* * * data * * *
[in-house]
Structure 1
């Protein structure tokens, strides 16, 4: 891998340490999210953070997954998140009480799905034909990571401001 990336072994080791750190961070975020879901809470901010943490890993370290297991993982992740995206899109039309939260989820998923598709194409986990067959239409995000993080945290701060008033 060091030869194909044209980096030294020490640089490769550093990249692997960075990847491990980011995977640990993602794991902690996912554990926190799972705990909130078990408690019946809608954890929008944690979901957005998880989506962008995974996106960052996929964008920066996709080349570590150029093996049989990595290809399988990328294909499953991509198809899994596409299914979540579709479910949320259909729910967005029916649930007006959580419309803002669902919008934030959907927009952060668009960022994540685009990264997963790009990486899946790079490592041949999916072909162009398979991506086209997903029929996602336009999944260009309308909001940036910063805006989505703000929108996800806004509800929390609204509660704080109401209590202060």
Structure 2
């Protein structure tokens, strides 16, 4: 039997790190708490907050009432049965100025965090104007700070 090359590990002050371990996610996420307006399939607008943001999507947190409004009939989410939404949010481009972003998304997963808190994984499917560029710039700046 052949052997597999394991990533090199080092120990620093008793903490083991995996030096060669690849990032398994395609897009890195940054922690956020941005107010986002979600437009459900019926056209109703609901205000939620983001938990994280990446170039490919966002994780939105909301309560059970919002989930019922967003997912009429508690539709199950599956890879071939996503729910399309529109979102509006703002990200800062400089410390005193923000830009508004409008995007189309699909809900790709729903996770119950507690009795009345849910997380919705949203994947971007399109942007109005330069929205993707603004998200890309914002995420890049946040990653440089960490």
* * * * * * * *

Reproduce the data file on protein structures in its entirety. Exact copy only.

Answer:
[in-house]
Structure 1
């Protein structure tokens, strides 16, 4: 891998340490999210953070997954998140009480799905034909990571401001 990336072994080791750190961070975020879901809470901010943490890993370290297991993982992740995206899109039309939260989820998923598709194409986990067959239409995000993080945290701060008033 060091030869194909044209980096030294020490640089490769550093990249692997960075990847491990980011995977640990993602794991902690996912554990926190799972705990909130078990408690019946809608954890929008944690979901957005998880989506962008995974996106960052996929964008920066996709080349570590150029093996049989990595290809399988990328294909499953991509198809899994596409299914979540579709479910949320259909729910967005029916649930007006959580419309803002669902919008934030959907927009952060668009960022994540685009990264997963790009990486899946790079490592041949999916072909162009398979991506086209997903029929996602336009999944260009309308909001940036910063805006989505703000929108996800806004509800929390609204509660704080109401209590202060």
Structure 2
């Protein structure tokens, strides 16, 4: 039997790190708490907050009432049965100025965090104007700070 090359590990002050371990996610996420307006399939607008943001999507947190409004009939989410939404949010481009972003998304997963808190994984499917560029710039700046 052949052997597999394991990533090199080092120990620093008793903490083991995996030096060669690849990032398994395609897009890195940054922690956020941005107010986002979600437009459900019926056209109703609901205000939620983001938990994280990446170039490919966002994780939105909301309560059970919002989930019922967003997912009429508690539709199950599956890879071939996503729910399309529109979102509006703002990200800062400089410390005193923000830009508004409008995007189309699909809900790709729903996770119950507690009795009345849910997380919705949203994947971007399109942007109005330069929205993707603004998200890309914002995420890049946040990653440089960490």